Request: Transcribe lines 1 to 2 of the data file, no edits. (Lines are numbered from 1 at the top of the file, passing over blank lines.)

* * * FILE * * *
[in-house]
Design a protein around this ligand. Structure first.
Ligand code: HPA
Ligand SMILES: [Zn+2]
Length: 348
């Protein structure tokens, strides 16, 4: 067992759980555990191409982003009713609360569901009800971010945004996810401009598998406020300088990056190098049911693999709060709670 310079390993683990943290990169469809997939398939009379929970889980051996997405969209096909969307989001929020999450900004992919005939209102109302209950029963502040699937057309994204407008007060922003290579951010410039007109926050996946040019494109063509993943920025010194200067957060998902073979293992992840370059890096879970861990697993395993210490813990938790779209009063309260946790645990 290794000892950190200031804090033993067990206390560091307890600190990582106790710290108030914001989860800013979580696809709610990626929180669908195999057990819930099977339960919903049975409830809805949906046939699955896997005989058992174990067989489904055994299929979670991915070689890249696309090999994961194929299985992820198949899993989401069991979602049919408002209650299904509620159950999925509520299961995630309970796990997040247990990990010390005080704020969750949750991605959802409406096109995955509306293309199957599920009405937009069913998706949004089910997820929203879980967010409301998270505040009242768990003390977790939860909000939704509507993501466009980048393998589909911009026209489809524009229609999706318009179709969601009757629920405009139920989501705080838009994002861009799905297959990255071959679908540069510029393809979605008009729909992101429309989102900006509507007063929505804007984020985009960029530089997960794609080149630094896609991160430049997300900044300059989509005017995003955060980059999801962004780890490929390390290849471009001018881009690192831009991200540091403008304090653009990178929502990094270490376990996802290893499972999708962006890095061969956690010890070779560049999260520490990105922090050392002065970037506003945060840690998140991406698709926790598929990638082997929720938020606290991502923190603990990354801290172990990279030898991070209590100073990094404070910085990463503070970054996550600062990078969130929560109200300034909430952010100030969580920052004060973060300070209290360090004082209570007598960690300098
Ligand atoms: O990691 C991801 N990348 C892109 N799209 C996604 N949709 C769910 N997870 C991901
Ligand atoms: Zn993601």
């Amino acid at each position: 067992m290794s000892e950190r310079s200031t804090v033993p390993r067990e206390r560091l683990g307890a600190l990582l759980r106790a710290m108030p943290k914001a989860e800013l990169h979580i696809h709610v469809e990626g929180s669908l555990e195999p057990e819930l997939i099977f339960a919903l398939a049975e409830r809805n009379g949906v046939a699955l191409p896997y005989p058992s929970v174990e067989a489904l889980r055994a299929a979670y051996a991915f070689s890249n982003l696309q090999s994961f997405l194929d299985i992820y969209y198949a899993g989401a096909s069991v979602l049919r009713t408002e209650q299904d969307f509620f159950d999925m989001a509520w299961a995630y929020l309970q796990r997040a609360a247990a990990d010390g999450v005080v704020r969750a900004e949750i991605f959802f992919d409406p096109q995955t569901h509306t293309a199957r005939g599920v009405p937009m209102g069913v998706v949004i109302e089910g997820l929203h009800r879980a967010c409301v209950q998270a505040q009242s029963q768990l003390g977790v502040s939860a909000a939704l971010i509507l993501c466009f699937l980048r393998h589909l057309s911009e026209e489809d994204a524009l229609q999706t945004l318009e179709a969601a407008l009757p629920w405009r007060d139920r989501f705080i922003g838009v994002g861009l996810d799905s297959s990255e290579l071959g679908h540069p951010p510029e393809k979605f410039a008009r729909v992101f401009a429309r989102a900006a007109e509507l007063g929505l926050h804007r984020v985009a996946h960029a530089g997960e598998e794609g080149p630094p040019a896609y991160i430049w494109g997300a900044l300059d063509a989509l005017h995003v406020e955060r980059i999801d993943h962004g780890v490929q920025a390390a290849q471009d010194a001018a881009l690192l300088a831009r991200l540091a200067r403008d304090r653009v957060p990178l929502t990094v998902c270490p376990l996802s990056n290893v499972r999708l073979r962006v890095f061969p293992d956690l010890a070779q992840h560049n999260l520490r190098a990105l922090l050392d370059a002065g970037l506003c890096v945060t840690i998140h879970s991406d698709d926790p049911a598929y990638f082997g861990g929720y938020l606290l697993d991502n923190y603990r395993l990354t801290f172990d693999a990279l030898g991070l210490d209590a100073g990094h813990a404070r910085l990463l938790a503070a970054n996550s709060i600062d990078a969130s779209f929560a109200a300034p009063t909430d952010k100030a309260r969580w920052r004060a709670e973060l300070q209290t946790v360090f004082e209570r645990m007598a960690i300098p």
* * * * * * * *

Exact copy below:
[in-house]
Design a protein around this ligand. Structure first.